I’ve responded to many inquiries about the Capuchins with these or similar words: “We are an order of brothers who seek to follow Jesus in the spirituality of St. Francis.” This summation is usually slapped with the quick rejoinder: “Yes, but what do you actually do?”
It is a question which requires a nuanced answer. Certainly I can point to specific ministries in which our community works: homeless shelters, prisons, parishes, etc. But simply pointing to individual ministries does not get to the heart of what we do. After all, we are not Jesuits. We were not founded with a specific mission of teaching and spiritual direction. Neither are we the Dominicans, who were founded with a clear mandate to preach against heresy.
What then does a Capuchin do? To discover that answer, we have to look to St. Francis of Assisi. In the first lines of his Rule, he describes the essential identity of a Franciscan: “The Rule and life of the Friars Minor is this, namely, to observe the Holy Gospel of our Lord Jesus Christ by living in obedience, without property, and in chastity.”
For Francis, we are to live as friars minor (lesser brothers) striving to be faithful to the Gospel (good news) of Jesus Christ by living fully and joyfully the evangelical counsels of poverty, chastity and obedience. We are to encounter everyone as our brothers and sisters; we are to be a little brother to the homeless man, to those incarcerated, to the sick and the needy, to the lost and lonely. As their little brothers, we are to bear the good news of Jesus Christ, witnessing to this reality by an authentic observance of our vows.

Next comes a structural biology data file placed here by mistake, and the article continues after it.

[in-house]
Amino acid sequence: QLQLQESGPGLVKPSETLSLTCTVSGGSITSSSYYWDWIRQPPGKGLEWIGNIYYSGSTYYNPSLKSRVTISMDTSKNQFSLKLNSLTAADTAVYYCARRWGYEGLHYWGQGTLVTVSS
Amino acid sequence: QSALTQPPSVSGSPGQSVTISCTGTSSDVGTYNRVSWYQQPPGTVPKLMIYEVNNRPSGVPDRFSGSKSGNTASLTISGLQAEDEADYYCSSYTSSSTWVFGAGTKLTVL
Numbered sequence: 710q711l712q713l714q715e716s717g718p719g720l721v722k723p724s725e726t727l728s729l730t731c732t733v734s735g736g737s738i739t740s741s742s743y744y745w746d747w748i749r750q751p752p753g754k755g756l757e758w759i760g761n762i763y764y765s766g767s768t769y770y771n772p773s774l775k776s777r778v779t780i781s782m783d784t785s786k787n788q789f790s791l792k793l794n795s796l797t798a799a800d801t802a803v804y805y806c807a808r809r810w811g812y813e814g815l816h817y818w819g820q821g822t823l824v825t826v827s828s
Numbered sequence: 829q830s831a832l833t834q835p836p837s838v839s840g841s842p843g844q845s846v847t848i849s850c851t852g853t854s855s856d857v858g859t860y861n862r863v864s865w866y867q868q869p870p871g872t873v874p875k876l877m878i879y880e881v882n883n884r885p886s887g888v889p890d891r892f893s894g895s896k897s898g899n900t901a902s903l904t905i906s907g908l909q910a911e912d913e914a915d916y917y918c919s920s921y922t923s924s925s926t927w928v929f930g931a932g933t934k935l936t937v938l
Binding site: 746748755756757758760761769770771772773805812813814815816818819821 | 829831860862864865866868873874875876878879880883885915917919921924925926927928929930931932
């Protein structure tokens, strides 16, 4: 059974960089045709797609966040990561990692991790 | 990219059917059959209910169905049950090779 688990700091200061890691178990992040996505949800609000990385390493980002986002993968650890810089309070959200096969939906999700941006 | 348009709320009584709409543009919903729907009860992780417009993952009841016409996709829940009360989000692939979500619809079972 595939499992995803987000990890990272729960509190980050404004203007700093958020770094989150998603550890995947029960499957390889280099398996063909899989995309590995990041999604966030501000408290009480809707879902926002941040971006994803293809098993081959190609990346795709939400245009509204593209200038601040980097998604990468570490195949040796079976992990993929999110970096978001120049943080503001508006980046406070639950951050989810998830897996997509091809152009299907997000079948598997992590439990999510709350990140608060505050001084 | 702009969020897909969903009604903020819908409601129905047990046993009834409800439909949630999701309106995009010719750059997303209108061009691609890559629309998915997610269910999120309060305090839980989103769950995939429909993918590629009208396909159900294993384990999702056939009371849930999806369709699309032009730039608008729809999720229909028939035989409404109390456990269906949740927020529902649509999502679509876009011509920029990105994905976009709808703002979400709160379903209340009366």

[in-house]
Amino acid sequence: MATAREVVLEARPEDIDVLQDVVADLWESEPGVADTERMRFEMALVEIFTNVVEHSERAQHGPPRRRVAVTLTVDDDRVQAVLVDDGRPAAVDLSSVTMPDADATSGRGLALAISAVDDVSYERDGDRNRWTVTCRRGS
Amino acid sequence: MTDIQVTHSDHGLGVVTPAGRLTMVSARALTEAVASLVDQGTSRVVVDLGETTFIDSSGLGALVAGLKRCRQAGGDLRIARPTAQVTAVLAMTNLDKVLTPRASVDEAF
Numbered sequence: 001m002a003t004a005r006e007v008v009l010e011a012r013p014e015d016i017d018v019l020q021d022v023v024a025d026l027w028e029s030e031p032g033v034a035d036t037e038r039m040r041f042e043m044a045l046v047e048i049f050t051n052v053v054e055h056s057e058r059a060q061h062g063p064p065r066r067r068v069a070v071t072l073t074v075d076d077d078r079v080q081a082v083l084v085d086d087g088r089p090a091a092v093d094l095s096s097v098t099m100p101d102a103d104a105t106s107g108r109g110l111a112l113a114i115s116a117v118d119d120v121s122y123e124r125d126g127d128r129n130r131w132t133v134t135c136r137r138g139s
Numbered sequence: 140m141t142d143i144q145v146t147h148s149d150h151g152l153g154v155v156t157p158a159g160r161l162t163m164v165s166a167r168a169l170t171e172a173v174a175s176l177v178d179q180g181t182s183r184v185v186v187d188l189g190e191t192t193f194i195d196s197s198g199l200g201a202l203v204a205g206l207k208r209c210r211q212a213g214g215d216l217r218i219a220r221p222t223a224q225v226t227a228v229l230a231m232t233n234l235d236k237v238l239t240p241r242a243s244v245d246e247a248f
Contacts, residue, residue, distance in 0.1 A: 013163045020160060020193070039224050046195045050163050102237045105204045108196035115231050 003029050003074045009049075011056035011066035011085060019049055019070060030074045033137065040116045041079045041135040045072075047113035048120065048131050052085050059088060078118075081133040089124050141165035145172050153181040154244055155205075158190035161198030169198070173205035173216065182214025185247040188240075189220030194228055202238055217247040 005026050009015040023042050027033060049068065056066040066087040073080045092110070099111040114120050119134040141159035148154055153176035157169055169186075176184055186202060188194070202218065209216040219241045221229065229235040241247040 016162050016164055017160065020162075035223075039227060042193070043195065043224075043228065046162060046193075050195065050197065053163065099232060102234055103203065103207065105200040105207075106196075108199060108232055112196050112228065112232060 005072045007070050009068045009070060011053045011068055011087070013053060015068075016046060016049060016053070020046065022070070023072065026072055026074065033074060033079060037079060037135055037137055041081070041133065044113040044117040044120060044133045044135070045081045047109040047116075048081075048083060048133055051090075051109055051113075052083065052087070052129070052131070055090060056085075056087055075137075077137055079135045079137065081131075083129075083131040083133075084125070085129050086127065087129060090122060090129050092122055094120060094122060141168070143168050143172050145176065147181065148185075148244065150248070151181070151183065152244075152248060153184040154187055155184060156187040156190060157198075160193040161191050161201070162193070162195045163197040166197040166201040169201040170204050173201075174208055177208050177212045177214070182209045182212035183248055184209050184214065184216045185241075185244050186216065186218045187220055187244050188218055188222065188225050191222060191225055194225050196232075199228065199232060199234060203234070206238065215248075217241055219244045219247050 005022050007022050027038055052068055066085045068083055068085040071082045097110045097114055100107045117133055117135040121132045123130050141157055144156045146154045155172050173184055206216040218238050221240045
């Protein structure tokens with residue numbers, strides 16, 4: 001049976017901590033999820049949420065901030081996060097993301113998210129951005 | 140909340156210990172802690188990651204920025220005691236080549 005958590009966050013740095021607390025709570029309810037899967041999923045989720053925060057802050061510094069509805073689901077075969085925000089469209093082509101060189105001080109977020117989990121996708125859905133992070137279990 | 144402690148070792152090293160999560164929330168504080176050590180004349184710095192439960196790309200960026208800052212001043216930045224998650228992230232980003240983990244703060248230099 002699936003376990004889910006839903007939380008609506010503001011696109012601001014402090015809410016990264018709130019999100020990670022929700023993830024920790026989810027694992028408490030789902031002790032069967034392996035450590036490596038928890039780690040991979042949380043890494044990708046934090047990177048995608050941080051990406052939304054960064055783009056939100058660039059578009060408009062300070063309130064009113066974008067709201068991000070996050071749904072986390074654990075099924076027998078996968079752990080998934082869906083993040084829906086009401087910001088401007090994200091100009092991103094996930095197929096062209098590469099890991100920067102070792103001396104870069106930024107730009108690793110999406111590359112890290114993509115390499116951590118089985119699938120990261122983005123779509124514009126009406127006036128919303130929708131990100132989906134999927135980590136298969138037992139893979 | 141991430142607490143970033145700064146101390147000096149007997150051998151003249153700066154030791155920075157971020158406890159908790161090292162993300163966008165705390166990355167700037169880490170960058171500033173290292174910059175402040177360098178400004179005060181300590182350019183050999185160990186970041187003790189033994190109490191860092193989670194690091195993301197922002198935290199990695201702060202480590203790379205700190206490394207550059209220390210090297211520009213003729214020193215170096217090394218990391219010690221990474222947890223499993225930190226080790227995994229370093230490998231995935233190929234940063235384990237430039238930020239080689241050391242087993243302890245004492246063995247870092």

There is often a false dichotomy proposed between truth and love. Some Catholics argue that we should simply take care of everyone without any judgment, concern or emphasis on preaching the truth. Others would argue that we must proclaim the truth boldly, in season and out of season, whether it makes the hearer uncomfortable or not. What is at the heart of a Franciscan evangelization?
In caring for the needs of people, in sharing their hardships and sufferings, in being “little brothers” to them, we reveal Hesed – the Old Testament, Hebrew term for God’s merciful love. Through our actions, our words and the work of our hands, we reveal that our God is a God of merciful love. Does this mean we have no concern for the truth, for preaching and teaching? Certainly not! But in an age dominated by secular humanism and moral relativism, where everyone invents their own version of the truth, the truth is falling on deaf ears and hearts are closed. The Franciscan approach is to be a little brother to everyone, to show them the merciful love of God. This Franciscan dynamic of brotherhood creates in the other person a possibility of opening to the truth and discovering through their own experience that God is love. This is the ministry of the Capuchin Franciscans - this is what we strive to actually do!